On December 9, the Senate Banking, Housing, and Urban Affairs Subcommittee on Housing, Transportation, and Community Development held a hearing, “Inequality, Opportunity, and the Housing Market.” While the hearing focused primarily on homeownership and access to affordable credit, witness Julia Gordon of the Center for American Progress included support for the National Housing Trust Fund (NHTF) and the Low Income Housing Tax Credit program in her written testimony. Ms. Gordon also spoke in favor of changes to the mortgage interest deduction that are similar to changes sought by the United for Homes campaign.
Subcommittee Chair Robert Menendez (D-NJ) opened the hearing saying that the housing market was at the epicenter of the Great Recession, and that when the housing bubble popped the devastation was broad. While the nation is rebounding, challenges remain because more than five million households still owe more on their mortgages than their homes are worth, and first-time homebuyers and underserved markets continue to face significant obstacles to participating in the housing market, according to Senator Menendez. said.
Regarding the NHTF Ms. Gordon states, “[The Federal Housing Finance Agency (FHFA)] should capitalize the Housing Trust Fund and Capital Magnet Fund. We believe that FHFA has both the right and the responsibility to direct [Fannie Mae and Freddie Mac] to begin contributing to these funds right away.” On December 11, FHFA Director Mel Watt announced he had lifted the suspension on funding for the National Housing Trust Fund and Capital Magnet Fund (see Memo, 12/8).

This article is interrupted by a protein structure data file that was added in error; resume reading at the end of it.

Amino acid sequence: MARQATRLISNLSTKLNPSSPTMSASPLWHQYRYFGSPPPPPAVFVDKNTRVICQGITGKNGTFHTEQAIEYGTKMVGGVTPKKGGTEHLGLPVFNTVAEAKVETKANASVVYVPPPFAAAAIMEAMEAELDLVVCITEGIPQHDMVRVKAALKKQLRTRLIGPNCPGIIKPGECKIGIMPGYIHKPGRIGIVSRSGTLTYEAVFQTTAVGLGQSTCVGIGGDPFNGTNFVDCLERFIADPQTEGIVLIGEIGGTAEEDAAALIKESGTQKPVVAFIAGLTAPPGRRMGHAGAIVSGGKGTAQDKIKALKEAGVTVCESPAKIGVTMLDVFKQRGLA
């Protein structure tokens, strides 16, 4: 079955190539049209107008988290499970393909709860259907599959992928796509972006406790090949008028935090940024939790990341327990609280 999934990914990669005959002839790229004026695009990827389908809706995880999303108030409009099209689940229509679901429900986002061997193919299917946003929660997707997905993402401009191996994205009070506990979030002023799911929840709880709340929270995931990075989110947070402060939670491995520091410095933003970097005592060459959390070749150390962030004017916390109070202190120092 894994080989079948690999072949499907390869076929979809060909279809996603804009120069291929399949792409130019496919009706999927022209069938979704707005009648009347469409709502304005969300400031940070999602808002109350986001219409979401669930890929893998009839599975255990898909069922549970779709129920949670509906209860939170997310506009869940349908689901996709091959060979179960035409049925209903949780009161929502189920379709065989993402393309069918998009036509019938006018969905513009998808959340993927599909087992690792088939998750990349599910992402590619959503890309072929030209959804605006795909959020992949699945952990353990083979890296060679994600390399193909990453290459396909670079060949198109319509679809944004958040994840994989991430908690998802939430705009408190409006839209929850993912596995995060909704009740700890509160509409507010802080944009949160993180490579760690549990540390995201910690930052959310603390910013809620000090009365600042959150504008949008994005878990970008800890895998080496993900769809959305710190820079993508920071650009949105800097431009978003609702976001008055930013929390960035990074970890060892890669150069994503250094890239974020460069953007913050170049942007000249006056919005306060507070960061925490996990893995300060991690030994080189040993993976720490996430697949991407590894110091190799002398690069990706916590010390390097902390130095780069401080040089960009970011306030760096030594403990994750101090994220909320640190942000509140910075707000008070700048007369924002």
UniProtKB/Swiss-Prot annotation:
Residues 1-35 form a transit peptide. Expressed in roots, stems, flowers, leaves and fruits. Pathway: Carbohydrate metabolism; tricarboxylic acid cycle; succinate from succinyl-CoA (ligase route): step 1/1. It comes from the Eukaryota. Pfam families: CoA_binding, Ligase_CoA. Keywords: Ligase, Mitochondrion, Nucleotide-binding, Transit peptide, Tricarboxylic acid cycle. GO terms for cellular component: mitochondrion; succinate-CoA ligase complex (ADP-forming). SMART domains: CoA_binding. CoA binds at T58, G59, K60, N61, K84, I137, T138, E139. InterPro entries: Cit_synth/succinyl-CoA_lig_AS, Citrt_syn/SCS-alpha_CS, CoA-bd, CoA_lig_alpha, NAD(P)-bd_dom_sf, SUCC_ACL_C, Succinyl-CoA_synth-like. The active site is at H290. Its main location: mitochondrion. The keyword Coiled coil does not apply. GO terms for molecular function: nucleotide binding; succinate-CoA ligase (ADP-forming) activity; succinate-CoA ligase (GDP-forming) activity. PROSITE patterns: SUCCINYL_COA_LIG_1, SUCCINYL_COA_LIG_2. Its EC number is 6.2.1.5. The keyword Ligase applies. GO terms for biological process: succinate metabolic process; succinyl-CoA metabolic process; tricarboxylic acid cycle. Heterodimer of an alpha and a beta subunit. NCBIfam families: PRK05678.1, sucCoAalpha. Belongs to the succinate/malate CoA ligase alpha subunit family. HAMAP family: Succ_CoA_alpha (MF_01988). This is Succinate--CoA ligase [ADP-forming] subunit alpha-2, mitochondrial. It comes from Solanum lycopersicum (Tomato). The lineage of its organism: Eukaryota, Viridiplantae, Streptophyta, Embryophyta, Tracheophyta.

Ms. Gordon also urged Congress to “extend the [Low Income Housing Tax] Credit’s 9% minimum credit rate floor for two years until the end of 2015 so at least one year would have the full benefit.” On December 16, Congress passed a tax extenders bill that only extends the 9% credit floor through 2014 (see article elsewhere in Memo.)
During the hearing, Senator Jeff Merkley (D-OR) said that the home mortgage interest deduction (MID), the country’s major homeownership program, “doesn’t extend to lower income families” and suggested adding a grant program onto the MID for people who currently cannot take advantage of it. Deborah Goldberg of the National Fair Housing Alliance agreed that the MID structure strongly disfavors people of modest means, who are often people of color. Ms. Gordon added that the MID is a huge subsidy, and in order to direct the subsidy toward people who most need it, the MID should be capped and converted from a deduction to a tax credit.
An archived stream of the hearing and witness testimony is at http://www.banking.senate.gov/public/index.cfm?FuseAction=Hearings.Hearing&Hearing_ID=9a041872-9581-4912-8414-16c343da15f2